The Saint and Ten Sinners
by U.S. Army Sgt. Timothy Brokhoff and Sgt. 1st Class Theresa Gualdarama
November 25, 2022
U.S. Army Capt. Robert Stanley, the brigade assistant intelligence officer assigned to the 3rd Armored Brigade Combat Team, 4th Infantry Division always had an interest in history, and after learning of his great-uncle’s involvement in WWII, he was inspired to research it more.
“I love history, for me, all the sacrifices made by servicemembers put me in a position that I’m in,” said Capt. Stanley. “If I’m going to appreciate those things, I must investigate it.”
Capt. Stanley (left) went on to say that this is a way to put a face to a story that he’s attached to. He encourages everyone to look into their family history because you may be impressed with what you find.
The Stanley family’s service to the United States armed forces date back as far as the Civil War. Although many people were drafted into the United States Army when the Nazis began their conquest of the world, Sgt. Everett W. Stanley (right) continued his family’s legacy by enlisting into the U.S. Army Air Corps as a ball turret gunner with the 401st bomb group, 613th squadron.
“My great uncle volunteered after the beginning of WWII,” said Capt. Stanley.
At the beginning of WWII, there wasn’t an organic Air Force. It was part of the U.S. Army as the Air Corps, which was originally formed in 1917 during WWI. After enlisting, Sgt. Stanley was stationed at Deenethorpe Airfield in England where he flew the Boeing B-17 Flying Fortress.
While stationed at Deenethorpe Airfield, Sgt. Stanley met his crew consisting of 2nd Lt. Donald E. Butterfoss, pilot, 2nd Lt. Robert L. Westfall, co-pilot, Bernard J. Boyle, flight navigator, 2nd Lt. Robert C. Kerpen, bombardier, Sgt. Roger R. McCauley, radio operator, Sgt. Alfred J. Truskowski, engineer & top turret gunner, Sgt. William H. Lee, tail gunner, Sgt. William E. Watkins, left waist gunner and Sgt. John W. Reeves, right waist gunner. During their WWII deployment, they were known as “The Saint and Ten Sinners”.
Sgt. Everett W. Stanley, top row, second from the left, in front of a Boeing B-17 Flying Fortress with his crew member 2nd Lt. Donald E. Butterfoss, pilot; 2nd Lt. Robert L. Westfall, co-pilot; Bernard J. Boyle, flight navigator; 2nd Lt. Robert C. Kerpen, bombardier; Sgt. Roger R. McCauley, radio operator; Sgt. Alfred J. Truskowski, engineer and top turret gunner; Sgt. William H. Lee, tail gunner; Sgt. William E. Watkins, left waist gunner; and, Sgt. John W. Reeves, right waist gunner. During their WWII deployment, they were known as “The Saint and Ten Sinners”. (U.S. Army courtesy photo by Capt. Robert Stanley)
Sgt. Stanley and his crew conducted several missions out of Deenthorpe, their most significant being the largest bombing run during WWII during that specific timeframe.
“It was the largest daylight bombing mission of WWII up to that point,” said Capt. Stanley.
During their last bombing mission, Sgt. Stanley and crew were hit by Flak from a German 88mm anti-aircraft and both port engines caught fire. The crew noticed German fighters coming toward them, so they took cover in the clouds and decided to head home with the engines they had left.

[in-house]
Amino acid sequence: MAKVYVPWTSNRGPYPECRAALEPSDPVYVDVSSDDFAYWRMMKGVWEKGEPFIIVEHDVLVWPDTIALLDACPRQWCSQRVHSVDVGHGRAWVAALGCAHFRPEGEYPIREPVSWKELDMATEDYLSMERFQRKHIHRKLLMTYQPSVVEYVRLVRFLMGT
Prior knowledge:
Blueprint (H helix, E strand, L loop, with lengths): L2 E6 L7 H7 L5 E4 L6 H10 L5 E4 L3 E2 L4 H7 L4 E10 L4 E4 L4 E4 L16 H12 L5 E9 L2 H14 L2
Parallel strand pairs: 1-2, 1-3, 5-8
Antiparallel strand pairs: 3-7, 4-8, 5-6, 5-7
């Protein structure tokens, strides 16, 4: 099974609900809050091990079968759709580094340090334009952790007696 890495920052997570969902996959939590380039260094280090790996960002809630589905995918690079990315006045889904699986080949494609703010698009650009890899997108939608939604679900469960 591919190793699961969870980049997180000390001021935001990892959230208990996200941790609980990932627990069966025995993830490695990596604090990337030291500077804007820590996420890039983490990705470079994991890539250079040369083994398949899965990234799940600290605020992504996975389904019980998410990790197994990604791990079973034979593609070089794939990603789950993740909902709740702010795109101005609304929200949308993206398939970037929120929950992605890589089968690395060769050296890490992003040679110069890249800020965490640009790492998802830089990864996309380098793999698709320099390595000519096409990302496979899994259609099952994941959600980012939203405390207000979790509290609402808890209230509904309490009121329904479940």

As the crew flew over Arnhem, Holland, they received enemy fire which caused severe damage to the plane and the crew had no choice but to bail. After being shot down during mission, Sgt. Stanley was taken into captivity as a prisoner of war (POW) where he spent the next 11 months.
“There were thousands of POWs, that’s thousands of stories and thousands of experiences,” said Capt. Stanley.
Although Sgt. Stanley was a POW, he was allowed to send letters home to his family with the help of the American Red Cross. This made his family aware of the immense sacrifice he made for our great nation.
“If I have a rough day, I think to myself, my great uncle was a prisoner of war,” said Capt. Stanley. “If he can get through that, I can deal with whatever I have going on.”
During his time in Poland, Capt. Stanley took the opportunity to visit some of the historic sites in the area. He went to Berlin and Stalag Luft III, one of the locations it is believed his great uncle spent time as a POW.
“My great uncle served through the Korean War and Vietnam War,” said Capt. Stanley. “After retiring, he stayed with the Air Force as a Department of Defense civilian.”
Sgt. Stanley received a POW medal, European campaign medal and a WWII service medal among others before retiring after more than 20 years of faithful service to the nation.
“To understand Veterans’ Day, you have to know that those aren’t just names on a board, it’s an entire life that has been lived up to this point,” said Capt. Stanley.
As Capt. Stanley begins to transition from active duty service to National Guard, thinking back on his family’s sacrifice much like his ancestors before him, he looks to the future. Sitting on a ranch remembering those that came before him and starting a new tradition for the Stanley clan.
Capt. Stanley stated that all vets, even those who haven’t seen combat, have made great sacrifices. There’s a lot more to military service than just combat.
“My call to serve has been a part of what members of my family have done,” said Capt. Stanley. “Many people before me have died for something worth fighting for.”
As you go about your day conducting normal business during Veteran’s Day, take a moment to remember why we as Americans are provided with the freedoms we enjoy every day. Remember those that came before you and their sacrifices; remember “A Saint and Ten Sinners.”
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